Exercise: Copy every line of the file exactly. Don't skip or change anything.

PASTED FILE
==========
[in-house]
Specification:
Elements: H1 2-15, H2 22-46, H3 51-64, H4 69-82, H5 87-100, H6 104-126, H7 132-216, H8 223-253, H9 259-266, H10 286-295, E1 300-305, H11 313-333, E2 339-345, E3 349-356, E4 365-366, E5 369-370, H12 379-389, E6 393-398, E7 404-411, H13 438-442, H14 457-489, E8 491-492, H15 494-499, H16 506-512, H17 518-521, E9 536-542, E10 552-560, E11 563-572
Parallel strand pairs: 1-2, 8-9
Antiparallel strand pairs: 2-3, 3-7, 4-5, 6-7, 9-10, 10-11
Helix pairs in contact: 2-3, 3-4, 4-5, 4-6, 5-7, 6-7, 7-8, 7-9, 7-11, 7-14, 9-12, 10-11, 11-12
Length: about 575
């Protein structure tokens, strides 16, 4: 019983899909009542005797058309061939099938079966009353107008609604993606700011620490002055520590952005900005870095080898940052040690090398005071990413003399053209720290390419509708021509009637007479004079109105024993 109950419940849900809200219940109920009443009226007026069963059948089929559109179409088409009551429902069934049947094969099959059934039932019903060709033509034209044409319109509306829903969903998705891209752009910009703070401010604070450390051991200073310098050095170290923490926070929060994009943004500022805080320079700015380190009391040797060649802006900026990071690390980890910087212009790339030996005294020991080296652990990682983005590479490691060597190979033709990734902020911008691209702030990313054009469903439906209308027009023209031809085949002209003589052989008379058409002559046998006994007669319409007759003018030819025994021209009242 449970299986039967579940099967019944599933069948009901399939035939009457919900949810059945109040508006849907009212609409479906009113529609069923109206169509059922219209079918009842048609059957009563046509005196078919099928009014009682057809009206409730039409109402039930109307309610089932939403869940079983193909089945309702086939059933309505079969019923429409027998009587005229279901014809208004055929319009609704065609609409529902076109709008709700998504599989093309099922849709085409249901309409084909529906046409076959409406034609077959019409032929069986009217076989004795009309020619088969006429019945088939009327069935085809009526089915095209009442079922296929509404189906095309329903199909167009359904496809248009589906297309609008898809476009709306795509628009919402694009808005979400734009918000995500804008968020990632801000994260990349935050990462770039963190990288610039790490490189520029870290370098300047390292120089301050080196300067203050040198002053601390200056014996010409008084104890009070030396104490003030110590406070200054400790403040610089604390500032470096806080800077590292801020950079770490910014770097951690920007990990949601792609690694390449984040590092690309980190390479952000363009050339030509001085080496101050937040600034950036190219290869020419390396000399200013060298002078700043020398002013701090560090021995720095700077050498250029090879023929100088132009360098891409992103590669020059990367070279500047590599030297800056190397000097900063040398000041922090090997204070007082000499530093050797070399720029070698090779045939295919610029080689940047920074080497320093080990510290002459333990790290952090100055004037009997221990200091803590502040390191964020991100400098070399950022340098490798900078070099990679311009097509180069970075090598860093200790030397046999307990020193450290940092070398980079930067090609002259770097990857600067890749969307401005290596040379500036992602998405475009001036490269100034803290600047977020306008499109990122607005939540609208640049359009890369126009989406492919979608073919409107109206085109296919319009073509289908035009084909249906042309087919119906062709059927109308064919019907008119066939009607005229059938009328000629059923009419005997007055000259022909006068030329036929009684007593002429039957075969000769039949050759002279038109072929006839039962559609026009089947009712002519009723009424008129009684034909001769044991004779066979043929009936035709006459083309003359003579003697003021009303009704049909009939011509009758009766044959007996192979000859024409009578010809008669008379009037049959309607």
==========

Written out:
[in-house]
Specification:
Elements: H1 2-15, H2 22-46, H3 51-64, H4 69-82, H5 87-100, H6 104-126, H7 132-216, H8 223-253, H9 259-266, H10 286-295, E1 300-305, H11 313-333, E2 339-345, E3 349-356, E4 365-366, E5 369-370, H12 379-389, E6 393-398, E7 404-411, H13 438-442, H14 457-489, E8 491-492, H15 494-499, H16 506-512, H17 518-521, E9 536-542, E10 552-560, E11 563-572
Parallel strand pairs: 1-2, 8-9
Antiparallel strand pairs: 2-3, 3-7, 4-5, 6-7, 9-10, 10-11
Helix pairs in contact: 2-3, 3-4, 4-5, 4-6, 5-7, 6-7, 7-8, 7-9, 7-11, 7-14, 9-12, 10-11, 11-12
Length: about 575
């Protein structure tokens, strides 16, 4: 019983899909009542005797058309061939099938079966009353107008609604993606700011620490002055520590952005900005870095080898940052040690090398005071990413003399053209720290390419509708021509009637007479004079109105024993 109950419940849900809200219940109920009443009226007026069963059948089929559109179409088409009551429902069934049947094969099959059934039932019903060709033509034209044409319109509306829903969903998705891209752009910009703070401010604070450390051991200073310098050095170290923490926070929060994009943004500022805080320079700015380190009391040797060649802006900026990071690390980890910087212009790339030996005294020991080296652990990682983005590479490691060597190979033709990734902020911008691209702030990313054009469903439906209308027009023209031809085949002209003589052989008379058409002559046998006994007669319409007759003018030819025994021209009242 449970299986039967579940099967019944599933069948009901399939035939009457919900949810059945109040508006849907009212609409479906009113529609069923109206169509059922219209079918009842048609059957009563046509005196078919099928009014009682057809009206409730039409109402039930109307309610089932939403869940079983193909089945309702086939059933309505079969019923429409027998009587005229279901014809208004055929319009609704065609609409529902076109709008709700998504599989093309099922849709085409249901309409084909529906046409076959409406034609077959019409032929069986009217076989004795009309020619088969006429019945088939009327069935085809009526089915095209009442079922296929509404189906095309329903199909167009359904496809248009589906297309609008898809476009709306795509628009919402694009808005979400734009918000995500804008968020990632801000994260990349935050990462770039963190990288610039790490490189520029870290370098300047390292120089301050080196300067203050040198002053601390200056014996010409008084104890009070030396104490003030110590406070200054400790403040610089604390500032470096806080800077590292801020950079770490910014770097951690920007990990949601792609690694390449984040590092690309980190390479952000363009050339030509001085080496101050937040600034950036190219290869020419390396000399200013060298002078700043020398002013701090560090021995720095700077050498250029090879023929100088132009360098891409992103590669020059990367070279500047590599030297800056190397000097900063040398000041922090090997204070007082000499530093050797070399720029070698090779045939295919610029080689940047920074080497320093080990510290002459333990790290952090100055004037009997221990200091803590502040390191964020991100400098070399950022340098490798900078070099990679311009097509180069970075090598860093200790030397046999307990020193450290940092070398980079930067090609002259770097990857600067890749969307401005290596040379500036992602998405475009001036490269100034803290600047977020306008499109990122607005939540609208640049359009890369126009989406492919979608073919409107109206085109296919319009073509289908035009084909249906042309087919119906062709059927109308064919019907008119066939009607005229059938009328000629059923009419005997007055000259022909006068030329036929009684007593002429039957075969000769039949050759002279038109072929006839039962559609026009089947009712002519009723009424008129009684034909001769044991004779066979043929009936035709006459083309003359003579003697003021009303009704049909009939011509009758009766044959007996192979000859024409009578010809008669008379009037049959309607």